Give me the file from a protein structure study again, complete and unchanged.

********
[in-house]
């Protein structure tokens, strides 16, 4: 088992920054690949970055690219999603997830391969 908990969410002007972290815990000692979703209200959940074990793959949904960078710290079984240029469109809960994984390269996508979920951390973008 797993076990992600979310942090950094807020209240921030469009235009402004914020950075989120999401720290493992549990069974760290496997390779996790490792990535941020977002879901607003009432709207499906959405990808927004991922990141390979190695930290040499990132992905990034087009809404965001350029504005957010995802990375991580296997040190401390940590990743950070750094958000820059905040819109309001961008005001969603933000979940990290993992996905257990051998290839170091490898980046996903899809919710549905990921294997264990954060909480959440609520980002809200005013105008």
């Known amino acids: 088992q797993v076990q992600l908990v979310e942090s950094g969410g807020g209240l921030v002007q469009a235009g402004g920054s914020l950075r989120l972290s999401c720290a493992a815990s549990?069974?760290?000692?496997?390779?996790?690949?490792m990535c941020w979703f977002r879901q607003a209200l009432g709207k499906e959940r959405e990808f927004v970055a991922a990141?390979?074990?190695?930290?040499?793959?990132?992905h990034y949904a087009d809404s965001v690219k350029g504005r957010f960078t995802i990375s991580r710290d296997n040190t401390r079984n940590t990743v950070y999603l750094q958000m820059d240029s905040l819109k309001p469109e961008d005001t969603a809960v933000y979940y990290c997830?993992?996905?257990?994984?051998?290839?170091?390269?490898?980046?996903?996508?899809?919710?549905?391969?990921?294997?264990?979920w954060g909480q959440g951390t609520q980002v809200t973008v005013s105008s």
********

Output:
[in-house]
């Protein structure tokens, strides 16, 4: 088992920054690949970055690219999603997830391969 908990969410002007972290815990000692979703209200959940074990793959949904960078710290079984240029469109809960994984390269996508979920951390973008 797993076990992600979310942090950094807020209240921030469009235009402004914020950075989120999401720290493992549990069974760290496997390779996790490792990535941020977002879901607003009432709207499906959405990808927004991922990141390979190695930290040499990132992905990034087009809404965001350029504005957010995802990375991580296997040190401390940590990743950070750094958000820059905040819109309001961008005001969603933000979940990290993992996905257990051998290839170091490898980046996903899809919710549905990921294997264990954060909480959440609520980002809200005013105008």
């Known amino acids: 088992q797993v076990q992600l908990v979310e942090s950094g969410g807020g209240l921030v002007q469009a235009g402004g920054s914020l950075r989120l972290s999401c720290a493992a815990s549990?069974?760290?000692?496997?390779?996790?690949?490792m990535c941020w979703f977002r879901q607003a209200l009432g709207k499906e959940r959405e990808f927004v970055a991922a990141?390979?074990?190695?930290?040499?793959?990132?992905h990034y949904a087009d809404s965001v690219k350029g504005r957010f960078t995802i990375s991580r710290d296997n040190t401390r079984n940590t990743v950070y999603l750094q958000m820059d240029s905040l819109k309001p469109e961008d005001t969603a809960v933000y979940y990290c997830?993992?996905?257990?994984?051998?290839?170091?390269?490898?980046?996903?996508?899809?919710?549905?391969?990921?294997?264990?979920w954060g909480q959440g951390t609520q980002v809200t973008v005013s105008s």